'Indoctrine U' raises brows, offers insight
Politics on Wheels
On Tuesday, April 2, the ETSU Society for Intellectual Diversity (SID) held a showing of the Evan Coyne Maloney film "Indoctrinate U." Held in the Brown Hall auditorium, the event attracted the attendance of students and faculty from a variety of departments and political persuasions.
The event was co-sponsored by the College Republicans and the Department of Sociology and Anthropology.
I decided to go to this event because I feel that, despite its decidedly conservative political undertones, the movement to ensure the rights of students and faculty at universities is an important one.
And after the show that David Horowitz, a prominent conservative advocate, put on last spring, I knew that an event hosted by SID would be thought-provoking if nothing else.
Chris Strode, the president of SID, gave a brief introduction detailing the organization's goals.
With obvious sincerity, he made it very clear that the purpose of the organization is to get the word out to students of their right to learn in an educational institution which is free of indoctrination to a certain ideology. I thought to myself, "That's something I can support. Maybe this movie will be better than I am expecting."
And in a way, it was. "Indoctrinate U" also served as commentary on the state of intellectual freedom on college campuses through the utilization of anecdotal evidence and "guerilla journalism."
"Indoctrinate U" told a few disturbing stories about the treatment of conservative students at universities such as Duke, Berkeley and the University of Tennessee.
The film was able to make me feel sorry for these students. It brought up an issue which needs to be talked about: is the liberal majority in our country's colleges and universities abusing its power, and if so, to what degree?
Unfortunately, that's where the effectiveness of the movie ended.
The film's basic premise is that both students and faculty at universities across the country are being discriminated against due to their political beliefs. The political beliefs in the film, however, were all conservative.
Due to the existence of a large majority of political liberals in universities, Maloney argues that politically liberal ideas have formed a monopoly covering the intellectual ideals propagated in higher education.
First of all, let me get this out in the open: I am a liberal. But I'm a liberal who dislikes Michael Moore movies - a lot.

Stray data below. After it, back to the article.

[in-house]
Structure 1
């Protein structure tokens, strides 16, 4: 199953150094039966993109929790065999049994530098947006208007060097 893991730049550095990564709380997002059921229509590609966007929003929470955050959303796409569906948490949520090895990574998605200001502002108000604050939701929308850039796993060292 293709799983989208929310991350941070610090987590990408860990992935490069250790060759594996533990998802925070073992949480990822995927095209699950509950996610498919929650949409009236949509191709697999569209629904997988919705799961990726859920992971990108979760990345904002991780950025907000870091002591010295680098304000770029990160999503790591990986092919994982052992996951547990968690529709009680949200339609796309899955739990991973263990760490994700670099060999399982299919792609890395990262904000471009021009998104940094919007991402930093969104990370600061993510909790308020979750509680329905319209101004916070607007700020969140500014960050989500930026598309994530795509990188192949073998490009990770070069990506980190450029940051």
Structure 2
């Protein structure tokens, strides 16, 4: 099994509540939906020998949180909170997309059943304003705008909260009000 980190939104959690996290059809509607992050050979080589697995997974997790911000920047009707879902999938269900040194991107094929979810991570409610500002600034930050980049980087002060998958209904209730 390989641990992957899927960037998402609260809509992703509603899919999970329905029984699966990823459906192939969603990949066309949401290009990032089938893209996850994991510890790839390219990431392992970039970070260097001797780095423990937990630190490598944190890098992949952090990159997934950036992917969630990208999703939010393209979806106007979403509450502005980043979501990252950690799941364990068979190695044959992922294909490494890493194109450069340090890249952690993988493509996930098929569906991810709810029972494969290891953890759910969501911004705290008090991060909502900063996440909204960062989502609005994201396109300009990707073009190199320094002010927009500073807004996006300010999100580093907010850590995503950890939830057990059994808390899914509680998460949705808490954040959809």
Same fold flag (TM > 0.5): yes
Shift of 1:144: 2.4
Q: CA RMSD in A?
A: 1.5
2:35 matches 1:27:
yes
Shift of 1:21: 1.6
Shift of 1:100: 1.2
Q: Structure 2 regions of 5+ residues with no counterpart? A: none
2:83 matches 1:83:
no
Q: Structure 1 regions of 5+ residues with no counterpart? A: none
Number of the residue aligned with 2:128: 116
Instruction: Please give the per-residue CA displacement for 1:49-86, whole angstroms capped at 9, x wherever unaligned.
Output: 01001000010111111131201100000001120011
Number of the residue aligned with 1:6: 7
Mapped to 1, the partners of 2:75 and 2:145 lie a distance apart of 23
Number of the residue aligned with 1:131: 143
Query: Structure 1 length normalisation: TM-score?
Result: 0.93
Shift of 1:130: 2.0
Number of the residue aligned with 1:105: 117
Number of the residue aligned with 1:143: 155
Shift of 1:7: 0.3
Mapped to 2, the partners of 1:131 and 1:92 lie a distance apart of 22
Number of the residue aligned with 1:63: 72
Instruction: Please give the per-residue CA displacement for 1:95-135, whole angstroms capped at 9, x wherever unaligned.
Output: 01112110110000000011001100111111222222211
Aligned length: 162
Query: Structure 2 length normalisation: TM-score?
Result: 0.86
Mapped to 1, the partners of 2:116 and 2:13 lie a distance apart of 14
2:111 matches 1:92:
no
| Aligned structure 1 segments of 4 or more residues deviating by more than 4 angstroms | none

I believe that dirty reporting is dirty reporting, regardless of which side it's from.
It seems to me as though Maloney took a page right out of Michael Moore's Book of Propaganda when he made "Indoctrinate U," complete with guerilla reporting and sarcastic narration.
It spent a good deal of time arguing for actual conservative political stances. By using so much of its time arguing against affirmative action and student-led protests on army recruitment, "Indoctrinate U" failed in its attempt at a statement on academic justice.
For instance: a girl is harassed by fellow students and a professor because she writes a letter to the editor against affirmative action. Fair enough, right? No one should be bullied out of their beliefs.
Maloney takes it a step further, however, and spends about 20 minutes assisting the girl in arguing against this political stance with expert usage of video footage and professorial comments.
I could make the argument that many conservatives make to those who "victimize" themselves.
Something to the tune of: "This is the American economy. Sometimes you have to give up a little bit of your culture and your dignity to please The Man. If you want to get ahead, you have to learn to fit in; if you're being oppressed, it's probably your own fault."
Sound familiar? But I don't think that's true. I really do think that being discriminated against for your beliefs, or for any reason, is reprehensible.
I think it's important for students and faculty to join up in a movement to prevent this discrimination from either side.
I don't, however, think that "Indoctrinate U" stood up to its own goals.
The result of the movie to anyone who didn't walk in wanting to demonize liberals could only be alienation from a true fight against discrimination.
The event itself ended on a positive note with some refreshingly insightful discussion between students and faculty, and in that sense the movie was a resounding success.
The ETSU Society for Intellectual Diversity draws from a small pool of material from this movement, and they did a wonderful job of prefacing and ending the event with their own views on intellectual diversity. Strode commented later in an interview, "SID is not a conservative organization, nor do we seek any type of partisan position or privileged view of the world in which we live."
Perhaps when students and faculty who hold differing political views get involved with the protection of students' rights, some truly unbiased commentary on the problem will surface. Until that day, I look forward to enjoying more controversial events from the Society for Intellectual Diversity.
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